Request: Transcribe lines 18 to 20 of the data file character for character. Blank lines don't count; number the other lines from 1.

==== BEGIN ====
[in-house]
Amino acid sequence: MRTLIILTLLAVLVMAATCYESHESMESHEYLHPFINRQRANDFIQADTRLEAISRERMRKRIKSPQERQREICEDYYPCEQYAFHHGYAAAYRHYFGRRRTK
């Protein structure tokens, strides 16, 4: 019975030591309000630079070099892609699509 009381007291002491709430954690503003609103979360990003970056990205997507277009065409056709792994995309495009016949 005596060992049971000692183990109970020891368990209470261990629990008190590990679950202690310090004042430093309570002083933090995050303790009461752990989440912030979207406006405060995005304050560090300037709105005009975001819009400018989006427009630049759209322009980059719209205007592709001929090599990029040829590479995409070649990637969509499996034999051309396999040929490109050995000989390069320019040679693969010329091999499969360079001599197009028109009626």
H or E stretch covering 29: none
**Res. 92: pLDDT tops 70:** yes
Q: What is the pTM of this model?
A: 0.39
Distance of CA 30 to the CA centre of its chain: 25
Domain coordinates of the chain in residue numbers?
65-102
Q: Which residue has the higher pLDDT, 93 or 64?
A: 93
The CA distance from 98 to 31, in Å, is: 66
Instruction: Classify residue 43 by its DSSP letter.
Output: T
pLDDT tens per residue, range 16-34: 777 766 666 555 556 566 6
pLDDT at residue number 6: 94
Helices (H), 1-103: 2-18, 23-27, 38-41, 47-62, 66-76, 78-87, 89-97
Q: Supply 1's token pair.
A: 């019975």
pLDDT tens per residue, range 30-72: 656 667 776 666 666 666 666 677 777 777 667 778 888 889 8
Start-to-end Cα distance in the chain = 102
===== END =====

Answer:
Helices (H), 1-103: 2-18, 23-27, 38-41, 47-62, 66-76, 78-87, 89-97
Q: Supply 1's token pair.
A: 């019975």